941 network-readiness) for meta-data stream generated and transported by a
942 tracer.
943
944 The text-only meta-data file is a plain-text TSDL description. This file
945 must begin with the following characters to identify the file as a CTF
946 TSDL text-based metadata file (without the double-quotes) :
947
948 "/* CTF"
949
950 It must be followed by a space, and the version of the specification
951 followed by the CTF trace, e.g.:
952
953 " 1.8"
954
955 These characters allow automated discovery of file type and CTF
956 specification version. They are interpreted as a the beginning of a
957 comment by the TSDL metadata parser. The comment can be continued to
958 contain extra commented characters before it is closed.
959
960 The packet-based meta-data is made of "meta-data packets", which each
961 start with a meta-data packet header. The packet-based meta-data
962 description is detected by reading the magic number "0x75D11D57" at the
963 beginning of the file. This magic number is also used to detect the
964 endianness of the architecture by trying to read the CTF magic number
965 and its counterpart in reversed endianness. The events within the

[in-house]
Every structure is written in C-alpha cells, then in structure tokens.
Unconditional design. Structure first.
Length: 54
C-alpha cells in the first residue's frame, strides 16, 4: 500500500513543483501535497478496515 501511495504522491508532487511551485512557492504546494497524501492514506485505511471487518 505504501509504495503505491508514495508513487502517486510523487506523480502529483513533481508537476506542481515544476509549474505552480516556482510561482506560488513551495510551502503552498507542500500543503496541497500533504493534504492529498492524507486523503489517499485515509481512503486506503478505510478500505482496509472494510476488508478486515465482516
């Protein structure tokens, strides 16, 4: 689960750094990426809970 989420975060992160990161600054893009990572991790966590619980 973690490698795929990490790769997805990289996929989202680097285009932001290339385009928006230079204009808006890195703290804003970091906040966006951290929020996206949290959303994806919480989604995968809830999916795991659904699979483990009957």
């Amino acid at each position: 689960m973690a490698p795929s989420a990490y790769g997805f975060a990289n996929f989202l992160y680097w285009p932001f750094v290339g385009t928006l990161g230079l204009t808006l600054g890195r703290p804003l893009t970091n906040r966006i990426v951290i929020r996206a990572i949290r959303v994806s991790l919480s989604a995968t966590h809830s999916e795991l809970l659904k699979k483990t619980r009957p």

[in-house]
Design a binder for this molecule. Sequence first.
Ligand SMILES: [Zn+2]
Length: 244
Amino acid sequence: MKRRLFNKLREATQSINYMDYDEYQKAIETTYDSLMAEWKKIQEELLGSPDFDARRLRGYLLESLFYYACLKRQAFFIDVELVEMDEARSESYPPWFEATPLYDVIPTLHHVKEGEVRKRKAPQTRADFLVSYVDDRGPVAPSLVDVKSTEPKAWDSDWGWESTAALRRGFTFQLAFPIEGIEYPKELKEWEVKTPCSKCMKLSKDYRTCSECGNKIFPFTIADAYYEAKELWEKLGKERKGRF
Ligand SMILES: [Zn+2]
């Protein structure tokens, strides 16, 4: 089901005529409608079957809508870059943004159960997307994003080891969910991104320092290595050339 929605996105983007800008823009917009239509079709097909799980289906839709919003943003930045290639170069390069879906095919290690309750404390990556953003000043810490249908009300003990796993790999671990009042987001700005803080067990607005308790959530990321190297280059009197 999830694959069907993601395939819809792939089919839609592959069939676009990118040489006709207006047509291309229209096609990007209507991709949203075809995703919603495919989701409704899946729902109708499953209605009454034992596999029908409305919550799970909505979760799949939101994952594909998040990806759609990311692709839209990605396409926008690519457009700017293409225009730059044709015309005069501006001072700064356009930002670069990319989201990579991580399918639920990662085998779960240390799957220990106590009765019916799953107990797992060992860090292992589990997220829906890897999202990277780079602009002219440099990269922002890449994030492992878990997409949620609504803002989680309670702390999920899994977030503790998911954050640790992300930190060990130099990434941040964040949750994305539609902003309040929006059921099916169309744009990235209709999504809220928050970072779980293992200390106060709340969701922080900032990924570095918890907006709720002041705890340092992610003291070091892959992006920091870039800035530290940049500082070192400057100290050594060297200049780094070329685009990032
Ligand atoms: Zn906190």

966 meta-data stream have no event header nor event context. Each event only
967 contains a "sequence" payload, which is a sequence of bits using the
968 "trace.packet.header.content_size" field as a placeholder for its length
969 (the packet header size should be substracted). The formatting of this
970 sequence of bits is a plain-text representation of the TSDL description.
971 Each meta-data packet start with a special packet header, specific to
972 the meta-data stream, which contains, exactly:
973
974 struct metadata_packet_header {
975 uint32_t magic; /* 0x75D11D57 */
976 uint8_t uuid[16]; /* Unique Universal Identifier */
977 uint32_t checksum; /* 0 if unused */
978 uint32_t content_size; /* in bits */
979 uint32_t packet_size; /* in bits */
980 uint8_t compression_scheme; /* 0 if unused */
981 uint8_t encryption_scheme; /* 0 if unused */
982 uint8_t checksum_scheme; /* 0 if unused */
983 uint8_t major; /* CTF spec version major number */